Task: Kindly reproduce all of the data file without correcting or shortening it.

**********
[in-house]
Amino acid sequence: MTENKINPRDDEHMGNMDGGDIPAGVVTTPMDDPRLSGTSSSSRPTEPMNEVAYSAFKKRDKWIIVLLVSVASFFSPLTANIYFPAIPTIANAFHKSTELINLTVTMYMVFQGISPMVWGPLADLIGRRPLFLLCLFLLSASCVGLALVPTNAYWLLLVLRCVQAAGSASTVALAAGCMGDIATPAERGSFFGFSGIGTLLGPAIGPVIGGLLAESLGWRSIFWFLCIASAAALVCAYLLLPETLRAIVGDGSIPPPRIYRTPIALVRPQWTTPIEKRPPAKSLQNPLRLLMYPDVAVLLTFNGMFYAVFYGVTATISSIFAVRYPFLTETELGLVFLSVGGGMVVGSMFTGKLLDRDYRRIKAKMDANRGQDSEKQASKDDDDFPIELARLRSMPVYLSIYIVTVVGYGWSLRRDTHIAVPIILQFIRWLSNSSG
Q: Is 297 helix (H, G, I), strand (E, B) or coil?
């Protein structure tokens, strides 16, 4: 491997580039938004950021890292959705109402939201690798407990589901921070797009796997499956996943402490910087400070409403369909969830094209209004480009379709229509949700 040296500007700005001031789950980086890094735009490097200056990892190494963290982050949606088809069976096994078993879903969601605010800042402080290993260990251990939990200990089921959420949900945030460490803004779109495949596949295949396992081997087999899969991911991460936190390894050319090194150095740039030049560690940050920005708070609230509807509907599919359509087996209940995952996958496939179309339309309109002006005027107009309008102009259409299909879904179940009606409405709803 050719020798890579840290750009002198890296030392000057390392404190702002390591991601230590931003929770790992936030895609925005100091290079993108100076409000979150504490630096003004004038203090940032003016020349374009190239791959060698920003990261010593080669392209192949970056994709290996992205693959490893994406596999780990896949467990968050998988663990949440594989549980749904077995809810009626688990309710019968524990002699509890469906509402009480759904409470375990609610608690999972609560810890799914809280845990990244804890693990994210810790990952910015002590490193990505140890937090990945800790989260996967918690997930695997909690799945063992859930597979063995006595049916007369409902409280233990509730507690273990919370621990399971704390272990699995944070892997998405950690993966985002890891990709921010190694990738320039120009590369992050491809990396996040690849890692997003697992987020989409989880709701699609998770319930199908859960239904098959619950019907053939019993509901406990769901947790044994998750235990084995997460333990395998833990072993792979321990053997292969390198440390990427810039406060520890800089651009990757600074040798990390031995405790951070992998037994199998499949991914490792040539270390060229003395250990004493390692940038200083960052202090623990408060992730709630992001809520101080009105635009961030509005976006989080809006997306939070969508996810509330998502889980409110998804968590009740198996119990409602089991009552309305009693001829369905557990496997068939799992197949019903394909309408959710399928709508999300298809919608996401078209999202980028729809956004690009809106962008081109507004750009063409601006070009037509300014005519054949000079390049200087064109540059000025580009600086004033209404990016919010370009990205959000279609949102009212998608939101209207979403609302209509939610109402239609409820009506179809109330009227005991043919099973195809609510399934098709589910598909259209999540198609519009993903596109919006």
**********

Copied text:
[in-house]
Amino acid sequence: MTENKINPRDDEHMGNMDGGDIPAGVVTTPMDDPRLSGTSSSSRPTEPMNEVAYSAFKKRDKWIIVLLVSVASFFSPLTANIYFPAIPTIANAFHKSTELINLTVTMYMVFQGISPMVWGPLADLIGRRPLFLLCLFLLSASCVGLALVPTNAYWLLLVLRCVQAAGSASTVALAAGCMGDIATPAERGSFFGFSGIGTLLGPAIGPVIGGLLAESLGWRSIFWFLCIASAAALVCAYLLLPETLRAIVGDGSIPPPRIYRTPIALVRPQWTTPIEKRPPAKSLQNPLRLLMYPDVAVLLTFNGMFYAVFYGVTATISSIFAVRYPFLTETELGLVFLSVGGGMVVGSMFTGKLLDRDYRRIKAKMDANRGQDSEKQASKDDDDFPIELARLRSMPVYLSIYIVTVVGYGWSLRRDTHIAVPIILQFIRWLSNSSG
Q: Is 297 helix (H, G, I), strand (E, B) or coil?
């Protein structure tokens, strides 16, 4: 491997580039938004950021890292959705109402939201690798407990589901921070797009796997499956996943402490910087400070409403369909969830094209209004480009379709229509949700 040296500007700005001031789950980086890094735009490097200056990892190494963290982050949606088809069976096994078993879903969601605010800042402080290993260990251990939990200990089921959420949900945030460490803004779109495949596949295949396992081997087999899969991911991460936190390894050319090194150095740039030049560690940050920005708070609230509807509907599919359509087996209940995952996958496939179309339309309109002006005027107009309008102009259409299909879904179940009606409405709803 050719020798890579840290750009002198890296030392000057390392404190702002390591991601230590931003929770790992936030895609925005100091290079993108100076409000979150504490630096003004004038203090940032003016020349374009190239791959060698920003990261010593080669392209192949970056994709290996992205693959490893994406596999780990896949467990968050998988663990949440594989549980749904077995809810009626688990309710019968524990002699509890469906509402009480759904409470375990609610608690999972609560810890799914809280845990990244804890693990994210810790990952910015002590490193990505140890937090990945800790989260996967918690997930695997909690799945063992859930597979063995006595049916007369409902409280233990509730507690273990919370621990399971704390272990699995944070892997998405950690993966985002890891990709921010190694990738320039120009590369992050491809990396996040690849890692997003697992987020989409989880709701699609998770319930199908859960239904098959619950019907053939019993509901406990769901947790044994998750235990084995997460333990395998833990072993792979321990053997292969390198440390990427810039406060520890800089651009990757600074040798990390031995405790951070992998037994199998499949991914490792040539270390060229003395250990004493390692940038200083960052202090623990408060992730709630992001809520101080009105635009961030509005976006989080809006997306939070969508996810509330998502889980409110998804968590009740198996119990409602089991009552309305009693001829369905557990496997068939799992197949019903394909309408959710399928709508999300298809919608996401078209999202980028729809956004690009809106962008081109507004750009063409601006070009037509300014005519054949000079390049200087064109540059000025580009600086004033209404990016919010370009990205959000279609949102009212998608939101209207979403609302209509939610109402239609409820009506179809109330009227005991043919099973195809609510399934098709589910598909259209999540198609519009993903596109919006």